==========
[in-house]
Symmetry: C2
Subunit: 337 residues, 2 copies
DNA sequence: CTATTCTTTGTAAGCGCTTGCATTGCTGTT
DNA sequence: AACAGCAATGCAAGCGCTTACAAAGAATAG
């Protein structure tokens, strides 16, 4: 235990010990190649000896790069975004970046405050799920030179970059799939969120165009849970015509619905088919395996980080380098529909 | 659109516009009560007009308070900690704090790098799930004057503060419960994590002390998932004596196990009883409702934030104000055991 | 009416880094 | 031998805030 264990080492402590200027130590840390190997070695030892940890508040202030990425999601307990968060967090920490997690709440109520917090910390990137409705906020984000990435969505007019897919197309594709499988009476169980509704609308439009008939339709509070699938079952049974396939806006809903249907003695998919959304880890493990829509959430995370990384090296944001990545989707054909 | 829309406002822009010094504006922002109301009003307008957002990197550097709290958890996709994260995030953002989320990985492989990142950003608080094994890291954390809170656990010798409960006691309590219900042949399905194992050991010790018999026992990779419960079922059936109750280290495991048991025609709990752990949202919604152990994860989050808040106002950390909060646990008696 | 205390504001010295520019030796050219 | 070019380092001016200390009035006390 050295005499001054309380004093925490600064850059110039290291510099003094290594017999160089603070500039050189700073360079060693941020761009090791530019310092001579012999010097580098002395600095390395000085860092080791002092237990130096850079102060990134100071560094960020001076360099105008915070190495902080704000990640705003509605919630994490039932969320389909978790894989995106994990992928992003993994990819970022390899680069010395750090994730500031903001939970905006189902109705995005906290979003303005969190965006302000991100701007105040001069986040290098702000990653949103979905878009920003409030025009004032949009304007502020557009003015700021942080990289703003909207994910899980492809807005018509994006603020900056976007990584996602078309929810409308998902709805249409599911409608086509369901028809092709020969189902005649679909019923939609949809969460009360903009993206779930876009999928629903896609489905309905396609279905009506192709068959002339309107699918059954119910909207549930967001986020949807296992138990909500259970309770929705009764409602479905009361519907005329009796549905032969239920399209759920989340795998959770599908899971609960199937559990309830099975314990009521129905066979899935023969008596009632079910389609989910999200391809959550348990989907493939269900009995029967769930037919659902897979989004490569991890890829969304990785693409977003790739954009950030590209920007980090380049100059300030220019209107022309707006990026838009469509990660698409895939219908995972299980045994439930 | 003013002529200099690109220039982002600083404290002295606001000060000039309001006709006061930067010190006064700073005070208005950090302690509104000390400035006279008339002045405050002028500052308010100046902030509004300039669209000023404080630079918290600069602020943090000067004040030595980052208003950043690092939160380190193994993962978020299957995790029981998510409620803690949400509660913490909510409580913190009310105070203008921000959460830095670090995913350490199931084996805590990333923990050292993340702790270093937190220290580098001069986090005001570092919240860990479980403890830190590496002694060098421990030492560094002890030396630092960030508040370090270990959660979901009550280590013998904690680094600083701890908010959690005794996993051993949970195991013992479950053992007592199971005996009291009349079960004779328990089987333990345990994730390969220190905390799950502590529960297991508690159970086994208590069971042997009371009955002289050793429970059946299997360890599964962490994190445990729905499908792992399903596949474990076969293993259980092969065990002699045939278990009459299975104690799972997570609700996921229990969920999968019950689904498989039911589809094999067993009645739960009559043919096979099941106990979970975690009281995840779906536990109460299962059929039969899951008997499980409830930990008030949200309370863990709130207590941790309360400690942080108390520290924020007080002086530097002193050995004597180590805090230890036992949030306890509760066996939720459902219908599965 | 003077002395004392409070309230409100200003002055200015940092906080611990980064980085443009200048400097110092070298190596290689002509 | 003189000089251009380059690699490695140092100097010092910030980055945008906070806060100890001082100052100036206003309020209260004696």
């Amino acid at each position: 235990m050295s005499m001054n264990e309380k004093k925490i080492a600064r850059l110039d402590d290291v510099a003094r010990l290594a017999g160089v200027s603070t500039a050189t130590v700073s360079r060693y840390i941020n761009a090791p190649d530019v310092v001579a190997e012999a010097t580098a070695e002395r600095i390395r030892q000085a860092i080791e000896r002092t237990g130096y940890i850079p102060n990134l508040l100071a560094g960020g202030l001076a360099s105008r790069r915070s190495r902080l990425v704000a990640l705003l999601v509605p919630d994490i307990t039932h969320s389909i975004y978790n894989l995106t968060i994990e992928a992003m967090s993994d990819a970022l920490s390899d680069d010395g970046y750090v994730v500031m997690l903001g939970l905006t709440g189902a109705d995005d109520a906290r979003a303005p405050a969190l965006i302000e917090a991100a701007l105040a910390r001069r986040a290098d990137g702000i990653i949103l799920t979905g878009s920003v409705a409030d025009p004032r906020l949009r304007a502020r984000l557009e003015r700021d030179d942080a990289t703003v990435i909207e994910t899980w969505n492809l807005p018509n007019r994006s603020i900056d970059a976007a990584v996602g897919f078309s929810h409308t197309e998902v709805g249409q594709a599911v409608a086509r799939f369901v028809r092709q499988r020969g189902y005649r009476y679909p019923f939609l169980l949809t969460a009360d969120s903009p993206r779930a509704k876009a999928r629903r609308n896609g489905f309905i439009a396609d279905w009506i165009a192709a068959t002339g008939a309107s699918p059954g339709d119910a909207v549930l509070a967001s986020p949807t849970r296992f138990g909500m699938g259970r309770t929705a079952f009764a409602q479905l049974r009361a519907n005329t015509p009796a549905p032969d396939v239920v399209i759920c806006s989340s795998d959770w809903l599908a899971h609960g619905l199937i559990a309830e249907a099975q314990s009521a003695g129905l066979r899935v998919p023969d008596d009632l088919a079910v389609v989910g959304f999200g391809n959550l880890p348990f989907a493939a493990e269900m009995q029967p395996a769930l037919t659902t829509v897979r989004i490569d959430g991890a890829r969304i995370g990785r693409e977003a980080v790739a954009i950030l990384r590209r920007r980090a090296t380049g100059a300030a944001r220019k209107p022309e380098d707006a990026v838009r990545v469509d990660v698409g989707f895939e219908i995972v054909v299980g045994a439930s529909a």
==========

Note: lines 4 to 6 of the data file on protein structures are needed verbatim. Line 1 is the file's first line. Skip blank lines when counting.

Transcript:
DNA sequence: CTATTCTTTGTAAGCGCTTGCATTGCTGTT
DNA sequence: AACAGCAATGCAAGCGCTTACAAAGAATAG
């Protein structure tokens, strides 16, 4: 235990010990190649000896790069975004970046405050799920030179970059799939969120165009849970015509619905088919395996980080380098529909 | 659109516009009560007009308070900690704090790098799930004057503060419960994590002390998932004596196990009883409702934030104000055991 | 009416880094 | 031998805030 264990080492402590200027130590840390190997070695030892940890508040202030990425999601307990968060967090920490997690709440109520917090910390990137409705906020984000990435969505007019897919197309594709499988009476169980509704609308439009008939339709509070699938079952049974396939806006809903249907003695998919959304880890493990829509959430995370990384090296944001990545989707054909 | 829309406002822009010094504006922002109301009003307008957002990197550097709290958890996709994260995030953002989320990985492989990142950003608080094994890291954390809170656990010798409960006691309590219900042949399905194992050991010790018999026992990779419960079922059936109750280290495991048991025609709990752990949202919604152990994860989050808040106002950390909060646990008696 | 205390504001010295520019030796050219 | 070019380092001016200390009035006390 050295005499001054309380004093925490600064850059110039290291510099003094290594017999160089603070500039050189700073360079060693941020761009090791530019310092001579012999010097580098002395600095390395000085860092080791002092237990130096850079102060990134100071560094960020001076360099105008915070190495902080704000990640705003509605919630994490039932969320389909978790894989995106994990992928992003993994990819970022390899680069010395750090994730500031903001939970905006189902109705995005906290979003303005969190965006302000991100701007105040001069986040290098702000990653949103979905878009920003409030025009004032949009304007502020557009003015700021942080990289703003909207994910899980492809807005018509994006603020900056976007990584996602078309929810409308998902709805249409599911409608086509369901028809092709020969189902005649679909019923939609949809969460009360903009993206779930876009999928629903896609489905309905396609279905009506192709068959002339309107699918059954119910909207549930967001986020949807296992138990909500259970309770929705009764409602479905009361519907005329009796549905032969239920399209759920989340795998959770599908899971609960199937559990309830099975314990009521129905066979899935023969008596009632079910389609989910999200391809959550348990989907493939269900009995029967769930037919659902897979989004490569991890890829969304990785693409977003790739954009950030590209920007980090380049100059300030220019209107022309707006990026838009469509990660698409895939219908995972299980045994439930 | 003013002529200099690109220039982002600083404290002295606001000060000039309001006709006061930067010190006064700073005070208005950090302690509104000390400035006279008339002045405050002028500052308010100046902030509004300039669209000023404080630079918290600069602020943090000067004040030595980052208003950043690092939160380190193994993962978020299957995790029981998510409620803690949400509660913490909510409580913190009310105070203008921000959460830095670090995913350490199931084996805590990333923990050292993340702790270093937190220290580098001069986090005001570092919240860990479980403890830190590496002694060098421990030492560094002890030396630092960030508040370090270990959660979901009550280590013998904690680094600083701890908010959690005794996993051993949970195991013992479950053992007592199971005996009291009349079960004779328990089987333990345990994730390969220190905390799950502590529960297991508690159970086994208590069971042997009371009955002289050793429970059946299997360890599964962490994190445990729905499908792992399903596949474990076969293993259980092969065990002699045939278990009459299975104690799972997570609700996921229990969920999968019950689904498989039911589809094999067993009645739960009559043919096979099941106990979970975690009281995840779906536990109460299962059929039969899951008997499980409830930990008030949200309370863990709130207590941790309360400690942080108390520290924020007080002086530097002193050995004597180590805090230890036992949030306890509760066996939720459902219908599965 | 003077002395004392409070309230409100200003002055200015940092906080611990980064980085443009200048400097110092070298190596290689002509 | 003189000089251009380059690699490695140092100097010092910030980055945008906070806060100890001082100052100036206003309020209260004696």